Instead of studying leadership, why not spend some time studying leaders and strategies in the wild? You can learn a lot from leadership experts, but you always see the leader and what he or she does through the expert’s personal lens. Supplement that learning with studying real leaders in real life situations and draw your own conclusions. The posts in this series will help you.
Every week I’ll point you to articles by and about real leaders in real situations and to articles about how real companies are faring in the marketplace. Read them. Think about them. Draw your own lessons and conclusions from them. Then try to apply those lessons in your own real life.Watch Full Movie Online Streaming Online and Download
This week I’m pointing you to articles about Tien Tzuo, Sherman Avery, Multivac Inc., Uber, and Donna Shoff.
“If I have to do performance reviews with you, something’s wrong. We should be on the same page at all given times. We should have shared goals and shared accountability. And when the job is at a point where it’s gone beyond your capabilities, we’re both going to know, and we’ll work it out.”
Avery’s Beverages — a company founded in a red Connecticut barn more than 100 years ago — was struggling. When Sherman Avery started making handcrafted soda pop back in 1904, he wasn’t facing the crushing competitive pressure of industry giants like Coca-Cola and Pepsi. The root beer and ginger ale he made didn’t need a celebrity endorsement or a Super Bowl half-time sponsorship; customers loved it based on the simplicity of good old-fashioned cane sugar and natural flavoring.
“You might not know the name Multivac Inc., but it’s likely the company has made its way into your kitchen. “There’s something that’s going to be produced and packed on a Multivac (machine) that’s going to be in your refrigerator,” said Jim Campbell, president and chief executive officer. Be it your ground beef, sliced cheese or bacon, there’s a good likelihood it was packaged on a Multivac machine. The growing Kansas City, North, company manufactures packaging machines that are used in the food, health and industrial goods industries.”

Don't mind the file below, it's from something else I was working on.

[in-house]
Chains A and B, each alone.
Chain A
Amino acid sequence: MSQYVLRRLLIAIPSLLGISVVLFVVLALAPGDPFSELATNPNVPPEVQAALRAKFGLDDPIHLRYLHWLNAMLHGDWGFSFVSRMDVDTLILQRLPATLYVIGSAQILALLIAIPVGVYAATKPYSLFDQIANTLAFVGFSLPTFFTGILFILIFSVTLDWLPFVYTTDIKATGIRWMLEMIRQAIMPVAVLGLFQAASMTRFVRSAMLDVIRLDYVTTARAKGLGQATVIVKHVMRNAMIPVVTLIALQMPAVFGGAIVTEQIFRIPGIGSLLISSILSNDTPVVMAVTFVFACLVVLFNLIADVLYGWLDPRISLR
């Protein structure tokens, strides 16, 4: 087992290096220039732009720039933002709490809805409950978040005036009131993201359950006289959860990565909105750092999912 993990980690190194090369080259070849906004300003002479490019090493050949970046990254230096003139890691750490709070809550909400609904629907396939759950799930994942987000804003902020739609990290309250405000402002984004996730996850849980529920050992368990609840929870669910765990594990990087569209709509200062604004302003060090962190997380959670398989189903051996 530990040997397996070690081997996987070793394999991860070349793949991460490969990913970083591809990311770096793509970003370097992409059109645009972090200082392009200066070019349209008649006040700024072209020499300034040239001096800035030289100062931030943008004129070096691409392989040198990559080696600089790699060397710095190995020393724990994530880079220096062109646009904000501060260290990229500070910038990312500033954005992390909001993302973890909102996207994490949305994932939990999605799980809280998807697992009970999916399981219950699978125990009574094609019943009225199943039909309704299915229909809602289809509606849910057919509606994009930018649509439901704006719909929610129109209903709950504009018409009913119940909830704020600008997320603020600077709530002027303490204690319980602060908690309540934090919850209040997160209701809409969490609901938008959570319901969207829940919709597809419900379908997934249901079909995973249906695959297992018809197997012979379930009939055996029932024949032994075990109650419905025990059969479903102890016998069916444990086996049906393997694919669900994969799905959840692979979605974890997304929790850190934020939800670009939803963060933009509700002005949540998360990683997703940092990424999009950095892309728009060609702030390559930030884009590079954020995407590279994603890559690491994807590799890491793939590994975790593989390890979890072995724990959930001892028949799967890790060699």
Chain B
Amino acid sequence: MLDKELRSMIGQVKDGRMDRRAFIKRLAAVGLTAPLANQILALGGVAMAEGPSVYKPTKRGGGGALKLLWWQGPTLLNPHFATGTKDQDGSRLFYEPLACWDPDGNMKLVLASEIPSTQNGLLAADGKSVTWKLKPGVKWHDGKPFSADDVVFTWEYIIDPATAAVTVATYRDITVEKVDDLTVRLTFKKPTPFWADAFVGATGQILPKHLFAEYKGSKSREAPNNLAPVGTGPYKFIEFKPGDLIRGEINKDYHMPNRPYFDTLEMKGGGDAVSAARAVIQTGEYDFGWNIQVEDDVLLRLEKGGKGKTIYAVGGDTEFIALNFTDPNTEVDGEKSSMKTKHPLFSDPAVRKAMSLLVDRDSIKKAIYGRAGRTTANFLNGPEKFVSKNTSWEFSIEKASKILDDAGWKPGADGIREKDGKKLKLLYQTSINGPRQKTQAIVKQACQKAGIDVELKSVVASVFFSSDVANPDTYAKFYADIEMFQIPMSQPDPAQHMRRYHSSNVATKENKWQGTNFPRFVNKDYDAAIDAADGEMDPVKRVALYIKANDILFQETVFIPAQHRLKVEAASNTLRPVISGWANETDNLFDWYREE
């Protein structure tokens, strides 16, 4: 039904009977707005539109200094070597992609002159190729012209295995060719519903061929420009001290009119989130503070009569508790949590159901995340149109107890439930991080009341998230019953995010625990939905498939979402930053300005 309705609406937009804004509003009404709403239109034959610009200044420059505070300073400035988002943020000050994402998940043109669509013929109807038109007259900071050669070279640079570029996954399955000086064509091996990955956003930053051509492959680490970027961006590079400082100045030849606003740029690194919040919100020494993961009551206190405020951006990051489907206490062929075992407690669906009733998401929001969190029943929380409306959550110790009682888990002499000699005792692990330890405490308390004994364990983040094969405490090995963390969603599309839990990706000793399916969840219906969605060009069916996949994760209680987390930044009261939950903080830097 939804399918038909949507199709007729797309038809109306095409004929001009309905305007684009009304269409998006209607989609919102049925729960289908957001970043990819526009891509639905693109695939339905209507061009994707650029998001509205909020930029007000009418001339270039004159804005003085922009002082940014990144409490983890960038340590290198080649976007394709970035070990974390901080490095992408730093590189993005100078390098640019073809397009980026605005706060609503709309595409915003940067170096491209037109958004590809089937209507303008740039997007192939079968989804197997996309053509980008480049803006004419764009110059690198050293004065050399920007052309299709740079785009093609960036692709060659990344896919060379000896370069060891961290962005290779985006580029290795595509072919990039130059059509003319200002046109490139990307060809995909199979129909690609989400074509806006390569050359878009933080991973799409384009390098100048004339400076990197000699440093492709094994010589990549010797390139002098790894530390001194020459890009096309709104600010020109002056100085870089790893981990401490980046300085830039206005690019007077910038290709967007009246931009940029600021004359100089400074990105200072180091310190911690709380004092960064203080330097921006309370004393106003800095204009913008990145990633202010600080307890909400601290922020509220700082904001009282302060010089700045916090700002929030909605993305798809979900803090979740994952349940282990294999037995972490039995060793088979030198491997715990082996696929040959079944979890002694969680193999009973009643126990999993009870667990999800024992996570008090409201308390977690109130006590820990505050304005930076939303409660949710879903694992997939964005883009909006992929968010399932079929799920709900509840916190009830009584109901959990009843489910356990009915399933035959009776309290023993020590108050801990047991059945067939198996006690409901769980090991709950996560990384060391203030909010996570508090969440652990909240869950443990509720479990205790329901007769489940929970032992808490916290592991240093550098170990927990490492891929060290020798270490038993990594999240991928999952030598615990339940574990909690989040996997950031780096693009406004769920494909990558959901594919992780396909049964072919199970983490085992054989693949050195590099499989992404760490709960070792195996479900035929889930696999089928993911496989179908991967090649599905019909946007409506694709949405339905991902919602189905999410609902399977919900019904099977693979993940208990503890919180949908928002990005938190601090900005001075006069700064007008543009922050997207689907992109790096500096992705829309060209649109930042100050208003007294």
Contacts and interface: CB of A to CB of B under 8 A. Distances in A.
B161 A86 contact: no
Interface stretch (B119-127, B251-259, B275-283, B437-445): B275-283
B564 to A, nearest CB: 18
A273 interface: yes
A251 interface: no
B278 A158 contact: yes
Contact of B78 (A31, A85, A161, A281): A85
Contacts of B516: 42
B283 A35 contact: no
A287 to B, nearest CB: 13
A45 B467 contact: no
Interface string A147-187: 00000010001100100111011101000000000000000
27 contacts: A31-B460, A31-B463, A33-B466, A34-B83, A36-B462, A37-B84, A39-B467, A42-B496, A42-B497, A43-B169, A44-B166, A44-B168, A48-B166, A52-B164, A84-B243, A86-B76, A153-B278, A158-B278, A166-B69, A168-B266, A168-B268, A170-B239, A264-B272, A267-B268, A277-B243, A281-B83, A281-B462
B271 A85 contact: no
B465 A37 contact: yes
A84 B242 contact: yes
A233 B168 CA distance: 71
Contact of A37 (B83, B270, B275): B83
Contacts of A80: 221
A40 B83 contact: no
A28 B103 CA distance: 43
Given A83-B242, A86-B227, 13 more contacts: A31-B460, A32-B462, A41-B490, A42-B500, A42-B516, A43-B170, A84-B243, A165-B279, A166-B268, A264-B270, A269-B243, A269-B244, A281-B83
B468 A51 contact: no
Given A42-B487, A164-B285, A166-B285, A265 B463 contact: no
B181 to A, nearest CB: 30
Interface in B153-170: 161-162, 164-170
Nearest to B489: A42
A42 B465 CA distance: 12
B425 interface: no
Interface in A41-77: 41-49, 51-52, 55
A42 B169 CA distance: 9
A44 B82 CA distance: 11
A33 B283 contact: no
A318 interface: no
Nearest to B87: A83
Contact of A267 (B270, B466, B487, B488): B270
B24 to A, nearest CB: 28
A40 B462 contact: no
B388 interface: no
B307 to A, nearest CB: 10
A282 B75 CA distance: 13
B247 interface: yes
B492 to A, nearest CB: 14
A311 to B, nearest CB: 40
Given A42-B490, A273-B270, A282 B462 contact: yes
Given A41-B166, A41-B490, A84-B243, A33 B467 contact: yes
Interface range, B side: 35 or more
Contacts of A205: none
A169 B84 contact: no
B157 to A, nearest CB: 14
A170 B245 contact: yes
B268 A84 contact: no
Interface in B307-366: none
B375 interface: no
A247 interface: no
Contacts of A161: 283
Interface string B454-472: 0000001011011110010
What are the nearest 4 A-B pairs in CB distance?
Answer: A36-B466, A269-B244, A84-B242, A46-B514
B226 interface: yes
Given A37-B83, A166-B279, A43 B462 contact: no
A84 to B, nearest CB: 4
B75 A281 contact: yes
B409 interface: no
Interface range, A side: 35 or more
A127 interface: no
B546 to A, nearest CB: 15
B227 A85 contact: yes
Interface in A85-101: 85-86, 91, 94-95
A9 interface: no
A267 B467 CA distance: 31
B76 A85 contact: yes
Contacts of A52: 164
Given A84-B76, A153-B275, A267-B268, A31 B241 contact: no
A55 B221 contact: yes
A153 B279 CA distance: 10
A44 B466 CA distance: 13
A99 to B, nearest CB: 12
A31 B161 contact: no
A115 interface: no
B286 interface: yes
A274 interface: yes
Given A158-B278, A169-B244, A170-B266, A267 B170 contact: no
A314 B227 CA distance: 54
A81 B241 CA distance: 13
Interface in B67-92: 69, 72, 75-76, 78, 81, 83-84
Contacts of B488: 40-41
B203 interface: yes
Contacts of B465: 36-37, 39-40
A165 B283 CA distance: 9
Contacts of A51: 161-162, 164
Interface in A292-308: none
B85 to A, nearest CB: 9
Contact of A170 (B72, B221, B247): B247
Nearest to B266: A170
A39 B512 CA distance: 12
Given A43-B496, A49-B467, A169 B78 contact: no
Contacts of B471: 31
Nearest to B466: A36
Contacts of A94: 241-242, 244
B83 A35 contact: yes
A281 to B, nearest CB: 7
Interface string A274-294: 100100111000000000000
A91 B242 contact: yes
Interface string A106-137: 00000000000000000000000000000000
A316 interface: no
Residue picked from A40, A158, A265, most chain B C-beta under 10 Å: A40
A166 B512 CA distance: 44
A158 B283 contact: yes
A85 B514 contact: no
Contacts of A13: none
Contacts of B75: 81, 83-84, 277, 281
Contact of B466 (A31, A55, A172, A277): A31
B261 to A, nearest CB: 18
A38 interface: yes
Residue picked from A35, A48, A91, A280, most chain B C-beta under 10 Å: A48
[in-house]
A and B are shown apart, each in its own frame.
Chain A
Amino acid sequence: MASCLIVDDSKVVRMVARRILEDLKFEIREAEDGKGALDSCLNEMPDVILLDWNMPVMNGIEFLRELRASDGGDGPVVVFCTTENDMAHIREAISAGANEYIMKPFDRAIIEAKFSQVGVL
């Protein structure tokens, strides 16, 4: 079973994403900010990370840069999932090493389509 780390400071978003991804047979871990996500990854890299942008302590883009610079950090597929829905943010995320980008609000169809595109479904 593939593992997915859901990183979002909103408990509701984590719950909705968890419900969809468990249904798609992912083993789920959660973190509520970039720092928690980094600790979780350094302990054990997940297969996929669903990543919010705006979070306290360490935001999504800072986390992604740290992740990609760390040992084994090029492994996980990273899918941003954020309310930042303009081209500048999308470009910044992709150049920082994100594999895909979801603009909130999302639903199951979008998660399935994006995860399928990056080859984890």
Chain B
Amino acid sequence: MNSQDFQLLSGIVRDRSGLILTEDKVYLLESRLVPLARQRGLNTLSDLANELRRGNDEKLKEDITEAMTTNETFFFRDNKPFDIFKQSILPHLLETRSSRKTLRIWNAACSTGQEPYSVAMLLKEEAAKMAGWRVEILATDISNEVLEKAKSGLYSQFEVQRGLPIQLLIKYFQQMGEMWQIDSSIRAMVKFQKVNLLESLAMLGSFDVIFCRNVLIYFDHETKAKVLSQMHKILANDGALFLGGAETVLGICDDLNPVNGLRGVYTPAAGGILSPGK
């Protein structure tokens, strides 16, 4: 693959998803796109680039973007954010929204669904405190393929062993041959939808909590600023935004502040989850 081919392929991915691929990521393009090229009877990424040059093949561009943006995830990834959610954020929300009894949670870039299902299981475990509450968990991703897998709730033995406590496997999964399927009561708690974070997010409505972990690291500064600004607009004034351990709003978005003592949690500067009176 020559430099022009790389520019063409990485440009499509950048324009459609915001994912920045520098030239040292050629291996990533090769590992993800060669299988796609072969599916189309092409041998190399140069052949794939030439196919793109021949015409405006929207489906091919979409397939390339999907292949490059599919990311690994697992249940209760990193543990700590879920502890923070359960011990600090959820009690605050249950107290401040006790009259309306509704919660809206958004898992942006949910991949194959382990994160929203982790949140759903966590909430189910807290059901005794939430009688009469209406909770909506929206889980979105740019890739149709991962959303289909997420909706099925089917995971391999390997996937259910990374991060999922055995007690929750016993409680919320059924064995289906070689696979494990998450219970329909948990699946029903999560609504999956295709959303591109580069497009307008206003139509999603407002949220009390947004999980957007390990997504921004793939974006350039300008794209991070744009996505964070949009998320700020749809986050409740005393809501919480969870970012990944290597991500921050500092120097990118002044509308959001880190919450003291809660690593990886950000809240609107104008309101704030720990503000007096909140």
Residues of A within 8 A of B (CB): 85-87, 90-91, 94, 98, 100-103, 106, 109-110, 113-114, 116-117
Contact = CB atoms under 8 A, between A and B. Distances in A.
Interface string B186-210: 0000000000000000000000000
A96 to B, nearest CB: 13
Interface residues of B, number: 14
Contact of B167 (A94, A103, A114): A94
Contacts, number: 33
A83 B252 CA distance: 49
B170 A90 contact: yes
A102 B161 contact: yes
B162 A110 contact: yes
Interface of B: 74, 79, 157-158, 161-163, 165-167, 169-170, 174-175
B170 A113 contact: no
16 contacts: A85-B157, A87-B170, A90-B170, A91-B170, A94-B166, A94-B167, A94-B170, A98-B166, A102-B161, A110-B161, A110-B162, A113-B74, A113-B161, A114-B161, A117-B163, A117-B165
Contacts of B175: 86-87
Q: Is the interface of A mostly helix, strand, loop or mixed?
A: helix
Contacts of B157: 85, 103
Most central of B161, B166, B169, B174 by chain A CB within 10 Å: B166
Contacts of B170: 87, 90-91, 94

“As global ride-hailing startup Uber heads toward a possible IPO this year, Wall Street’s eyes will be on its financials. Revenues have continued to grow quickly for the eight-year-old Silicon Valley company, but the bottom line isn’t pretty: Uber was on track to lose about $3 billion in 2016 on net revenue of $5.5 billion, according to Bloomberg News. That’s remarkable for a startup that has raised more than $11 billion with scant capital costs — it does not own a global fleet of cars or much of other hard assets. Uber itself is valued at more than $60 billion.”
“Without a college degree and not yet 30 years old, Shoff handled the basic office functions of the company whose name — H.L. Wiker & Sons — seemed to indicate her minor part in the business. But as the company grew, Shoff’s role grew with it, expanding beyond payroll and accounting to include budgeting, planning and strategic responsibilities.”